Semen quality of ICSI-born males – not as bad as we thought
Professor Allan Pacey
Progress Educational Trust13 October 2016
When ICSI – intracytoplasmic sperm injection – was first introduced into clinical practice in the early 1990s, many doctors and scientists were concerned about the consequences for the health and development of individuals conceived this way. After all, the selection of sperm by an embryologist, and its subsequent injection into an unfertilised oocyte, was hardly under the influence of any kind of Darwinian evolution. Moreover, the poor sperm quality that required the use of ICSI in the first place almost certainly had some underlying genetic factor which was not yet understood.
Therefore, as time passed and ICSI was used more and more frequently around the world, reports began to emerge about the health and well-being of the ICSI children, who were being intensively studied and monitored as they grew up. The results of some of these studies have been reported in the pages of BioNews – the incidence of congenital abnormalities, neurological and mental development, the development of the male reproductive organs, IQ and motor skills, weight, height, body mass index and finger length.
On the whole, these reports have been largely reassuring, with the overall health and development measures of ICSI-conceived children largely the same as those conceived naturally, when appropriate adjustments have been made for factors such as multiple births and the age of parents. However, there has, until now, been one of the pieces of the jigsaw missing: the fertility of those born using this technique when they reach adulthood, specifically the fertility of males. This has been of great interest because the reason for using the ICSI procedure to conceive these males in the first place was because of their father's poor sperm quality, which was almost certainly of genetic origin. Therefore, if those genes were inherited by any sons born through the ICSI procedure (and that seemed extremely likely given that ICSI just bypasses the problem rather than repairs it), then the logical conclusion is they would have a similar level of infertility as their father and therefore potentially require the use of ICSI themselves when they wanted to become a dad.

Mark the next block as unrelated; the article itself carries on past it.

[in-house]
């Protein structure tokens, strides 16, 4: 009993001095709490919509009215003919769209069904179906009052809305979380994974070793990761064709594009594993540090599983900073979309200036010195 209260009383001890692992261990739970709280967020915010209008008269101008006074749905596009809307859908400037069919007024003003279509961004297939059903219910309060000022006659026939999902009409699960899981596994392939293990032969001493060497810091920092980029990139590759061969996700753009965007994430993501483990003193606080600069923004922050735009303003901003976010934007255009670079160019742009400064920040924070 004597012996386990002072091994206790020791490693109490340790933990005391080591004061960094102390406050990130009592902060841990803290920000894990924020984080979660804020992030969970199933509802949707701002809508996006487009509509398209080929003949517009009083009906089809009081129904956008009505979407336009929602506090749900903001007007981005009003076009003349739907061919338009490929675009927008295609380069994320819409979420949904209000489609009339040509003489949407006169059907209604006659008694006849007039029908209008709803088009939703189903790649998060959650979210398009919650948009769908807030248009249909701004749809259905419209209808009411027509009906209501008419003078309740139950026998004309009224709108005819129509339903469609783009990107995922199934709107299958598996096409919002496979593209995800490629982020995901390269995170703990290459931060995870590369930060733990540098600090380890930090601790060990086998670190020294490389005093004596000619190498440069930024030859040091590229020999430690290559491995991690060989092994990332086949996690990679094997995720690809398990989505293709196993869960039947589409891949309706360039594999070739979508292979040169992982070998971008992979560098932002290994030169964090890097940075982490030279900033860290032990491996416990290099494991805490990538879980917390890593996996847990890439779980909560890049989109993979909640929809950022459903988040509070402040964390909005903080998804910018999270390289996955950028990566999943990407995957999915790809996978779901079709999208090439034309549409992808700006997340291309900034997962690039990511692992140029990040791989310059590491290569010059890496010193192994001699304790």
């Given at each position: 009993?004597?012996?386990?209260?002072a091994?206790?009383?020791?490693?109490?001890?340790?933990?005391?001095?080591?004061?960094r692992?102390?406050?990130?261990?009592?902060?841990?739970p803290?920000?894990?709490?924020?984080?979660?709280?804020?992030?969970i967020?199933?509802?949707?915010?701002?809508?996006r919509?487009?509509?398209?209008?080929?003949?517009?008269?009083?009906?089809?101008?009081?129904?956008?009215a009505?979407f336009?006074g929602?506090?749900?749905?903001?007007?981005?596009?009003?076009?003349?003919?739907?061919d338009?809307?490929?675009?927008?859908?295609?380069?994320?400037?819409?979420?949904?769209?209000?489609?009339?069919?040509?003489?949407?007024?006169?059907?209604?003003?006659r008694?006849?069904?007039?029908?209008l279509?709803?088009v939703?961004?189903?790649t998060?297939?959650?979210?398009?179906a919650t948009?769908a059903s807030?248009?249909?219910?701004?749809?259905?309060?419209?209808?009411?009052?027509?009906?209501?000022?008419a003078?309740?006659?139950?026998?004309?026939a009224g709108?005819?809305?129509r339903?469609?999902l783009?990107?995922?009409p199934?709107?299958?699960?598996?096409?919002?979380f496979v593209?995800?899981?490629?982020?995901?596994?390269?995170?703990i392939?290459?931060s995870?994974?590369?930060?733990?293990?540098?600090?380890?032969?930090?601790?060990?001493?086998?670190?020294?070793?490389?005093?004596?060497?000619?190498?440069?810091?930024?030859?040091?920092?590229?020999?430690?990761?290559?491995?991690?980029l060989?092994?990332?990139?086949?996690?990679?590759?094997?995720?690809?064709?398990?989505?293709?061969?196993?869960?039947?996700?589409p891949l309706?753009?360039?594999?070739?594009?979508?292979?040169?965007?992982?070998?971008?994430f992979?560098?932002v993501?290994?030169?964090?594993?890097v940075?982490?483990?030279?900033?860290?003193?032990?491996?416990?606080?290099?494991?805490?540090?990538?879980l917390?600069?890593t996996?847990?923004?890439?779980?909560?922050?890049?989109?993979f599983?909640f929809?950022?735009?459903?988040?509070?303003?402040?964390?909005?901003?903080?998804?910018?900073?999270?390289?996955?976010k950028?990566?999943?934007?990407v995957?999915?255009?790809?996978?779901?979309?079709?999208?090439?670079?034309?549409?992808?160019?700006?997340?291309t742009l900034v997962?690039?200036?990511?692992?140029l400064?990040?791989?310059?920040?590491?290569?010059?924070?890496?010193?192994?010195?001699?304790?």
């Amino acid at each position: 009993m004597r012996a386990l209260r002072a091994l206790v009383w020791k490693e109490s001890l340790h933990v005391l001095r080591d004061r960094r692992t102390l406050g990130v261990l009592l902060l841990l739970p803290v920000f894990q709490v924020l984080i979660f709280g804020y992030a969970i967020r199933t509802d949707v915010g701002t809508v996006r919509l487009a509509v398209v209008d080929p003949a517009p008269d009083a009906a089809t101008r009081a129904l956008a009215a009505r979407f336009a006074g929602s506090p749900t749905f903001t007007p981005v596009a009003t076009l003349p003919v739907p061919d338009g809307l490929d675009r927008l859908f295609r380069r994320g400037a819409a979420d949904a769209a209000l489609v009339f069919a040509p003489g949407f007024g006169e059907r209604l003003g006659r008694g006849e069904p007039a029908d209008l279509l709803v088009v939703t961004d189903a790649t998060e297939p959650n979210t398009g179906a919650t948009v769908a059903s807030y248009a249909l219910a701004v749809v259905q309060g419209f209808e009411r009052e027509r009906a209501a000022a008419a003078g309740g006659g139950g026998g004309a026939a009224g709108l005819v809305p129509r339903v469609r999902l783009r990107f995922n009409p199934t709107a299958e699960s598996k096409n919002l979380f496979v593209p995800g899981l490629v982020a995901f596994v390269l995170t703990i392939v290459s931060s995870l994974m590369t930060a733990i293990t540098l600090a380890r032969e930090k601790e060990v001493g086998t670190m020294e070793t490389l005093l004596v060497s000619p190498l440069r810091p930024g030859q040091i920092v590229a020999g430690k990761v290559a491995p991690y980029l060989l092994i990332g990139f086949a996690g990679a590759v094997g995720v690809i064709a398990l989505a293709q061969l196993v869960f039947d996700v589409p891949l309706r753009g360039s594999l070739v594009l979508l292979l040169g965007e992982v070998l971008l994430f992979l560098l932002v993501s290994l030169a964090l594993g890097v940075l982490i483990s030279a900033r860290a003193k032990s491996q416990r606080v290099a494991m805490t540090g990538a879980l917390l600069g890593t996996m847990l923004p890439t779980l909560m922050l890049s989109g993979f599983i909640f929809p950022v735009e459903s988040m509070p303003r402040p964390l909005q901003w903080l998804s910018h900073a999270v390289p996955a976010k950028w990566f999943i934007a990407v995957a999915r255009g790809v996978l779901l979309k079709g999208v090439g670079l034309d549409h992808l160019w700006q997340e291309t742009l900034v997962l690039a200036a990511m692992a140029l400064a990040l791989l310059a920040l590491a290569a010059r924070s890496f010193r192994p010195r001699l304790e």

Therefore, the paper published this week in Human Reproduction by Belva et al has been long awaited and gives some intriguing insights about the semen quality – and therefore the future fertility prospects – of 54 males aged between 18 and 22 years old who were born between 1992 and 1996 following ICSI using fresh sperm and the transfer of fresh embryos. The authors of the paper then compared the semen quality of these males with a control group of 57 age matched, naturally conceived men) as well as with the sperm quality of their fathers at the time of ICSI.
Clearly, this is a study which has not been possible to perform until these males reached adulthood. The data shows that their sperm quality is noticeably lower than that seen in men who were conceived naturally. However, this result is completely expected, as the naturally conceived men are unlikely to have inherited a fertility-related genetic problem from their fathers and therefore should be able to produce more and better sperm, all other things being equal.
To me, what was more interesting about the paper was the fact that when the authors compared the semen quality of the ICSI-conceived males with that of their fathers, only a poor relationship was observed. The ICSI-conceived males were no more likely to have a sperm concentration below 15 million per ml even if their father had a sperm concentration of below 15 million per ml. This is not as expected, and it suggests that our assumptions about the inheritance of male infertility may be more complex than we have realised until now. Although the study only looked at a relatively small number of men – and it certainly needs to be repeated with a larger cohort – I see this result as being quite reassuring. Our worries over the past 25 years have been that ICSI-born males were destined for a poor reproductive future that may be equivalent to (or even worse than) that of their fathers, but this paper suggests this is not necessarily going to be the case.
Reproduced with permission from BioNews, an email and online sources of news, information and comment on assisted reproduction and genetics.